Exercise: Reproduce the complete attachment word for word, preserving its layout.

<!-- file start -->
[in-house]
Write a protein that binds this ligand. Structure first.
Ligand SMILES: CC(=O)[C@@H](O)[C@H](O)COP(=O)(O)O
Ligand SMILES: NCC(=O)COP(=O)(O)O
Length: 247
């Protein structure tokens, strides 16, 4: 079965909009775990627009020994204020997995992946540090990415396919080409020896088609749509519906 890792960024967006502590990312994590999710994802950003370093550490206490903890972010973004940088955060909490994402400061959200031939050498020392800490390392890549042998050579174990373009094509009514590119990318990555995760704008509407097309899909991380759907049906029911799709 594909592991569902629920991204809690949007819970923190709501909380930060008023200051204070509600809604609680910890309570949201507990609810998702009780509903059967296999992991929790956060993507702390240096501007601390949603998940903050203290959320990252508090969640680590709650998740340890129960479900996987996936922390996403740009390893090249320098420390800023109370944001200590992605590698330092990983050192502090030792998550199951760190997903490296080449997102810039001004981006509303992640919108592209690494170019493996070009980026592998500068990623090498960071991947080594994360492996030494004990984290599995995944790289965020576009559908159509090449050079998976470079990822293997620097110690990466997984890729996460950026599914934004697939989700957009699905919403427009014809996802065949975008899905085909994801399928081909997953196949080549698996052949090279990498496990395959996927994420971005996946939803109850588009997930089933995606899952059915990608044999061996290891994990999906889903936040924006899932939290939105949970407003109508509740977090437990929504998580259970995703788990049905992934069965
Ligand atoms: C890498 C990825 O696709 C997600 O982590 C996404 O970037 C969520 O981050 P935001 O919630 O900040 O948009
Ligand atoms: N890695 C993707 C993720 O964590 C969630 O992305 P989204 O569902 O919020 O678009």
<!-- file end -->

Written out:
[in-house]
Write a protein that binds this ligand. Structure first.
Ligand SMILES: CC(=O)[C@@H](O)[C@H](O)COP(=O)(O)O
Ligand SMILES: NCC(=O)COP(=O)(O)O
Length: 247
């Protein structure tokens, strides 16, 4: 079965909009775990627009020994204020997995992946540090990415396919080409020896088609749509519906 890792960024967006502590990312994590999710994802950003370093550490206490903890972010973004940088955060909490994402400061959200031939050498020392800490390392890549042998050579174990373009094509009514590119990318990555995760704008509407097309899909991380759907049906029911799709 594909592991569902629920991204809690949007819970923190709501909380930060008023200051204070509600809604609680910890309570949201507990609810998702009780509903059967296999992991929790956060993507702390240096501007601390949603998940903050203290959320990252508090969640680590709650998740340890129960479900996987996936922390996403740009390893090249320098420390800023109370944001200590992605590698330092990983050192502090030792998550199951760190997903490296080449997102810039001004981006509303992640919108592209690494170019493996070009980026592998500068990623090498960071991947080594994360492996030494004990984290599995995944790289965020576009559908159509090449050079998976470079990822293997620097110690990466997984890729996460950026599914934004697939989700957009699905919403427009014809996802065949975008899905085909994801399928081909997953196949080549698996052949090279990498496990395959996927994420971005996946939803109850588009997930089933995606899952059915990608044999061996290891994990999906889903936040924006899932939290939105949970407003109508509740977090437990929504998580259970995703788990049905992934069965
Ligand atoms: C890498 C990825 O696709 C997600 O982590 C996404 O970037 C969520 O981050 P935001 O919630 O900040 O948009
Ligand atoms: N890695 C993707 C993720 O964590 C969630 O992305 P989204 O569902 O919020 O678009």